Speaking of literary agents, I will shortly begin querying, so if you are an agent or know of any who might be interested in working with me send them my way ;)

9. Do you think there will always be a place for short stories?

Absolutely. For me, both as a writer and as a reader, short stories scratch a different itch than full-length novels. As a writer, I enjoy getting to be hyper-focused on one character or situation and getting to explore that through events that might not be able to carry a full novel. There’s room for experimentation and perhaps for less complete resolutions and endings as well.

As a reader, short stories tend to surprise me more than novels, which I like, and they’re a great way to discover new authors. I love Ellen Datlow’s various horror anthologies: I always find a couple of new authors to follow through them.

10. What is your favourite short story and why?

This past year I discovered Mariana Enriquez’s work. She’s an Argentinian writer with two short story collections translated into English: Dangers of Smoking in Bed and Things We Lost in the Fire. Both are excellent and include many stories that have stuck with me long since reading, but the one that really took up space in my head is called The Neighbor’s Courtyard from Things We Lost in the Fire. It’s an incredibly unnerving story about a woman who moves into a new house and thinks she sees a child chained up in the neighbour’s yard. And then we find out more about the woman and why she might think that. I won’t say more so I won’t spoil it but it’s a very, very creepy story.

I also want to mention Shirley Jackson; she’s written some amazing short stories and novels, of course, but the one that I really love is called The Daemon Lover. I first read it years ago and it’s stayed with me ever since. It’s one of those insidious stories where you feel like a magic trick is unfolding right in front of your eyes but when you go back and try to unpick it you can’t even see the seams. It’s masterful.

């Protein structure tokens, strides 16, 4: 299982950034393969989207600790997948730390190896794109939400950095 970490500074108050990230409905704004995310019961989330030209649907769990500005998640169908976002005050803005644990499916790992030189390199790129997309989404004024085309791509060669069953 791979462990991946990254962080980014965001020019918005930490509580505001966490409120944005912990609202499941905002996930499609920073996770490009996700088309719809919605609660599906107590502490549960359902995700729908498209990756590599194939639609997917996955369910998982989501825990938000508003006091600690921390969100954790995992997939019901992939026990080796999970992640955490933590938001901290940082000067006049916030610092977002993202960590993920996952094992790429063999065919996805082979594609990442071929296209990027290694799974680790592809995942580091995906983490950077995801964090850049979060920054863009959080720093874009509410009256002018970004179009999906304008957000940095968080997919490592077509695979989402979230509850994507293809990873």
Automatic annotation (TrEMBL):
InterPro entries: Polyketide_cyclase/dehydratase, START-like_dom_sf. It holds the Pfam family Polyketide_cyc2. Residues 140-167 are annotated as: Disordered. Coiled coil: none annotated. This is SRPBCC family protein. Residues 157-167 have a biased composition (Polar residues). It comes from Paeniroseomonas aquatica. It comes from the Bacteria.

11. You’re currently working on a novel, how is that going and are there any sneak peaks you can share with us?

It’s going well. I finished draft one at the end of the summer, took a few weeks off and then kicked off working on draft two. I’ve done a big developmental edit and I’m currently finalising a few new scenes. I’m planning to start querying next spring.

It’s a contemporary gothic horror novel with a pinch of crime, like Sarah Gailey’s Just Like Home, with the wry tone of Rachel Harrison’s The Return. It's my take on a haunted house story and has all the things I love to read about: a plucky journalist intent on the truth, a past crime, a family with secrets, and of course ghosts!

The book started out as a thought experiment: what’s the absolute worst thing in the world I can think of? Writing this book is my attempt at answering that question.

12. What’s the easiest way for our readers to keep up to date with your writing?

I have a website at that I WILL get better at updating, so keep an eye on any news there!